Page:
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- On February 15th, 2018, trading of the exchange-traded note “XIV” was permanently halted ahead of its liquidation.
- XIV was a popular way to short VIX futures, earning a premium for insuring buyers against a spike in the VIX.
- Through 12/31/2017, XIV earned over 40% annualized per year since inception. It then lost over 90% of its value in two days.
- Investments do not exist in isolation. By rebalancing annually, and harvesting returns from XIV, we could have realized a positive return over XIV’s lifetime despite the catastrophic loss in value.
- We do not believe XIV was an inherently broken investment product, but rather should serve as a reminder to investors that earning return requires bearing risk. If a portfolio earns a consistently high return, it is likely an indication it is implicitly insuring against a catastrophic risk that has yet to manifest.
On February 15th, 2018, the VelocityShares Daily Inverse VIX Short-Term ETN (“XIV”) was delisted and struck its final indicative value. But it did not go gentle into that good night, posting a 12.3% return in its final week of trading.
Okay – maybe for any other instrument, 12.3% would constitute “raging against the dying of the light.” For XIV, it was less than a 1 standard deviation move. Quite common.
And the final gasp of life is likely little consolation to anyone who has been holding XIV for more than a few weeks. Anyone holding since early January will likely realize a +90% drawdown.
We’re no strangers to XIV. It was a product we wrote about numerous times. Ironically, our last piece about XIV was published on Monday, February 5th. By Tuesday morning, XIV was some -90.4% lower than its Monday open. Evidence, once again, that market timing is hard.
XIV’s demise is really is not too surprising for anyone who read the prospectus. We highlighted one line, in particular, in that fateful Monday commentary: “The long term expected value of your ETN is zero. If you hold your ETNs as a long-term investment, it is likely that you will lose all or a substantial portion of your investment.” Caveat emptor.
Though, another clue as to what investors should have expected their long-term experience to be like might have been the banner image on VelocityShares’ XIV webpage. It is a blurry rollercoaster with a gentleman who appears to be suffering a serious case of whiplash or nausea.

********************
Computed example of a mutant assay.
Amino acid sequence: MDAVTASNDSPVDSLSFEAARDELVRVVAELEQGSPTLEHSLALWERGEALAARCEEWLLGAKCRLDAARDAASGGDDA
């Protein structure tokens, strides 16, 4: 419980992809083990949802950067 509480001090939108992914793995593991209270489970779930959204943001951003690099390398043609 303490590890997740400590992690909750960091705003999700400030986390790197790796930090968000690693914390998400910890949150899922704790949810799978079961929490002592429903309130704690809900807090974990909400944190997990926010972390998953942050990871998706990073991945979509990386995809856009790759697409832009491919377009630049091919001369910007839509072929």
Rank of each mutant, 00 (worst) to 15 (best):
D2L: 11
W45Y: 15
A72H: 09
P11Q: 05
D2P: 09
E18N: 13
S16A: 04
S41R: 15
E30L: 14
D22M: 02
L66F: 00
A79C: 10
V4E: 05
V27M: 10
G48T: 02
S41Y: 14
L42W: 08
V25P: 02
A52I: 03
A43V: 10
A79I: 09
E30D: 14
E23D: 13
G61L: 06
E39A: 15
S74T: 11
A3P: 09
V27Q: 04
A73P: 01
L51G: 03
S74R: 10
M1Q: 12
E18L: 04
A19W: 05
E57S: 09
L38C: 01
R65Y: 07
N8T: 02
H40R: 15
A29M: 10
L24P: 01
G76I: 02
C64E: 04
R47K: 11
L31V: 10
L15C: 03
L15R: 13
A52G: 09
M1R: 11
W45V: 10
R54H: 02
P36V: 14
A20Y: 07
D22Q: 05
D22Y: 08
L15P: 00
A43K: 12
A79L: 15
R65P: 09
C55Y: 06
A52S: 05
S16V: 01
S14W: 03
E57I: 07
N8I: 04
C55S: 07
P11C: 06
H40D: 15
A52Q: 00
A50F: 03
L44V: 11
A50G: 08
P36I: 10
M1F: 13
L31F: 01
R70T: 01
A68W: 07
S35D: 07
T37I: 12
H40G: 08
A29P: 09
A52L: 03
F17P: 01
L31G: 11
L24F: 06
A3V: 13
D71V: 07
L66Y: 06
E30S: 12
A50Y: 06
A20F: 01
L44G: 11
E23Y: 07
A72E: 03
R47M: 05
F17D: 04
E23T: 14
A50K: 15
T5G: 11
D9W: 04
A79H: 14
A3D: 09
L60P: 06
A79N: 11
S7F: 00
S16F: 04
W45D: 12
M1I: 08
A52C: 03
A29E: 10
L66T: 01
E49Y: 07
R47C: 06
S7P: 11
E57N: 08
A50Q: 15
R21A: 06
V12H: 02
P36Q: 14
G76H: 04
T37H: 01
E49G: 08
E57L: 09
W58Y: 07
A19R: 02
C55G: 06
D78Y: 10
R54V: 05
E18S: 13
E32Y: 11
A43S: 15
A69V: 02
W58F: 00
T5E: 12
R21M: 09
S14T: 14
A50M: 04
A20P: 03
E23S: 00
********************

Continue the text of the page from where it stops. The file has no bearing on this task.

Either would be appropriate, we suppose.
In The Black Swan, Nassim Taleb writes about another bird: the Thanksgiving turkey. For 1,000 days, a farmer takes care of the turkey, nurturing, feeding, and ensuring it stays in good health. To quote Taleb from a Charlie Rose interview, “every day confirms to the turkey and the turkey’s economics department and the turkey’s risk management department and the turkey’s analytical department that the butcher loves turkeys, and every day brings more confidence to the statement.”
With this prior, the Wednesday before Thanksgiving will be a rather nasty surprise in the turkey’s life.
The lesson of the turkey is one of induction: there is no way to know, for sure, that past experience will remain a guide to future experience. The 1001st day can be entirely, and unpredictably, different than the prior 1000. There is a reason every investment performance disclosure in the world contains some variation of, “past performance is not an indication of future results.”
The quintessential image accompanying the story is a graph exhibiting a line up and to the right followed by a sudden and immediate drop to zero.
Source: The Black Swan.
XIV’s 1-year price action looks much the same.
Source: CSI. Returns as split-adjusted total returns and assume the reinvestment of all distributions.
There is one key difference between XIV and Taleb’s turkey, however. The turkey cannot squirrel away its profits and survive past Thanksgiving.
It is often argued that the act of rebalancing, compared to a strict buy-and-hold strategy, helps portfolios profit from mean reversion in the underlying assets. In line with our philosophy that “risk cannot be destroyed, only transformed,” rebalancing foregoes the very best buy-and-hold returns (when winners keep winning and losers keep losing) to outperform when returns are less divergent.
Assume, for a moment, that we know one of our investments will ultimately go to zero. Reinvesting our winnings does not make much sense, as we know we will ultimately lose them. Therefore, at the end of each year, we take our winnings and hold them in cash so that we only ever bet our original outlay.
What is the minimum rate of return that would be necessary such that, if we lost our investment after T years, our wealth would be at least equal to our initial investment?
If we lose our money at the end of the first year, then it does not matter what the return was: we’re broke. If we lose our money at the end of the second year, we would have needed a 100% return in the first year to still have our original wealth. If we lose our money at the end of the third year, we would need to have had at least an average 50% return in the first and second years to still have our original wealth. The basic formula is that we would need our average return to be 1/(T-1).